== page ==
Appeared in the Toronto Star on April 17, 2011 as There’s No Liberal iPod Tax, But Here’s the Tory One The current election campaign has raised many tax related issues, yet the strangest must surely be the battle over the so-called iPod tax. Last week, the Conservatives launched a major […]
Post Tagged with: "private copying levy"
Canadian Heritage Minister James Moore has gone on record confirming that Bill C-32 would allow for ratification of the WIPO Internet treaties, telling the Bill C-32 Legislative Committee that â€œwhat is in this legislation – the ratification of WIPO, the fair-dealing policy, the digital protection measures – is a huge victory for all Canadians.â€
Yet what Moore did not say is that ratification of the WIPO Internet treaties requires Canada to provide “national treatment” to all artists (in other words, treat Canadian and foreign performers equally). Since the current private copying levy system does not provide national treatment, this would likely lead to a substantial increase in payments from Canadian consumers to foreign performers and makers and minimal increase in payments from foreign consumers to Canadian makers and performers.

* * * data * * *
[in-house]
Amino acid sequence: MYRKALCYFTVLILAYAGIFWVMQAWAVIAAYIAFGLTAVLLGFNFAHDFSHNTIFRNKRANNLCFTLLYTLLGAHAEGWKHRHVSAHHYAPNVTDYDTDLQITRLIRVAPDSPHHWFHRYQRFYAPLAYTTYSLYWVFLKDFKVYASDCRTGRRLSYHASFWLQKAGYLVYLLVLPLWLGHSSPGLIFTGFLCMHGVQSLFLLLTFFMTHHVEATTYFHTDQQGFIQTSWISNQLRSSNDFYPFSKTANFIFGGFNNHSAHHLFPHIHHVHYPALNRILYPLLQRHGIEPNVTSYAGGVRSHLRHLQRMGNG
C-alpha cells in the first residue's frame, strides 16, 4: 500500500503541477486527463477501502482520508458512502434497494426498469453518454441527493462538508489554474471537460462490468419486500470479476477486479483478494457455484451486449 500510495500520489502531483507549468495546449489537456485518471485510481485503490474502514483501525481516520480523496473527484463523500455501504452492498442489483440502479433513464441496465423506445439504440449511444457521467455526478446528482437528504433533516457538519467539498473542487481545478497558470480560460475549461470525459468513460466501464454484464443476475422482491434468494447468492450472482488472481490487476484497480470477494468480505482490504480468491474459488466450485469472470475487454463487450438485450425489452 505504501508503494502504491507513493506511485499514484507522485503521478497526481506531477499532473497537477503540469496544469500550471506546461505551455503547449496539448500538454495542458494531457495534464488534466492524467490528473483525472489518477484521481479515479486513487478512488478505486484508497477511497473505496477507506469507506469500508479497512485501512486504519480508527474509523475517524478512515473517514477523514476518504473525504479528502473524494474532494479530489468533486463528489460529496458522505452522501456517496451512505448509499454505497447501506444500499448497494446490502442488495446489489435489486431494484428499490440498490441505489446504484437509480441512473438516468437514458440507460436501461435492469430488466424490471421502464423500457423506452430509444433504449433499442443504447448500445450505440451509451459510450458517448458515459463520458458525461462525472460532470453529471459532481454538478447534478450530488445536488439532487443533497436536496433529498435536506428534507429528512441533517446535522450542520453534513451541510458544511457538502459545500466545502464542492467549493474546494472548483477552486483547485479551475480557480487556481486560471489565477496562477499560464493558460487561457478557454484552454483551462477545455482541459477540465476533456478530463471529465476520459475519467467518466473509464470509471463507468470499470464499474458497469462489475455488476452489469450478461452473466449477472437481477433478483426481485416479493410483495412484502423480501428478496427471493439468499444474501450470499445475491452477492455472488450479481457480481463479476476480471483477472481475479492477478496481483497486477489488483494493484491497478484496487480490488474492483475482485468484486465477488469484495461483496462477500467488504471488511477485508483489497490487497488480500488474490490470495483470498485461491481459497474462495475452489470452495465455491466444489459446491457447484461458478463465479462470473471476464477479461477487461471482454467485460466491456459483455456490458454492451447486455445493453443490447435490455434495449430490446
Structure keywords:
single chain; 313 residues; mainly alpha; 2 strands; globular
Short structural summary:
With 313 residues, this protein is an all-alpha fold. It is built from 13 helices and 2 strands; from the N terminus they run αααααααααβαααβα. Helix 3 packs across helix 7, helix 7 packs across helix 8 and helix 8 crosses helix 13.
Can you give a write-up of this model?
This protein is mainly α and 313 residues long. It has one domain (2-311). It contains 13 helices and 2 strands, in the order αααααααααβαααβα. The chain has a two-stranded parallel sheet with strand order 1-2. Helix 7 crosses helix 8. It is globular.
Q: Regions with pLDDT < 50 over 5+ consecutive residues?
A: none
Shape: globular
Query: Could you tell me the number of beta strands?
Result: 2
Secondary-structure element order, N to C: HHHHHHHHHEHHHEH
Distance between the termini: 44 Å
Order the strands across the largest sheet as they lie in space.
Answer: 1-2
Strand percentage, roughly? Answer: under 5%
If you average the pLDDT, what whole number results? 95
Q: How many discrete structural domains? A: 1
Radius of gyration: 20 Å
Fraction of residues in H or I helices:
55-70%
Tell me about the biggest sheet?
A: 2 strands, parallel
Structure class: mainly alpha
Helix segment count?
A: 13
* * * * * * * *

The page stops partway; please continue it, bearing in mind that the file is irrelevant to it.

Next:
Yesterday I blogged about how the Canadian Recording Industry Association has broken with creator groups and the Canadian Independent Music Association on the issue of an iPod levy. While the creator groups continue to express their support for the levy, CRIA’s Graham Henderson told government officials on September 27, 2010 […]
First, it is clear that the radio ad is factually wrong. The Liberals now unequivocally state that they oppose an iPod levy. The radio ad says of the Liberals, NDP, and Bloc “now they all back an iPod tax.” There isn’t much room for interpretation here – the Liberals have stated their current policy and the Conservative ad says the opposite.
Second, even if the ad is wrong, some claim that the Liberals have flip-flopped on the issue. For example, Stephen Taylor makes that case, pointing to their support for a motion on the private copying levy from earlier this year. He adds that the press release says one thing, the vote another.
This position requires a more careful examination of the motion and the vote itself. This saga begins with a motion in March at the Standing Committee on Canadian Heritage stating:
- An Anti-Digital Agenda: Forget the Digital Policy Reboot, the Government Just Hit Delete Instead
- “Get Money From Web Giants”: Why Canadian Heritage Minister Steven Guilbeault’s Top Legislative Priority is Risky Business
- Why It’s Time to Reboot Canada’s Failed Digital Agenda
- Weakening Net Neutrality: How the Government’s Internet Regulation Plan Abandons the Principle of Equal Treatment of Content Online
- No Policies on Real Issues and Harmful Policies on Non-Issues: How the Government Bungled the Internet Regulation File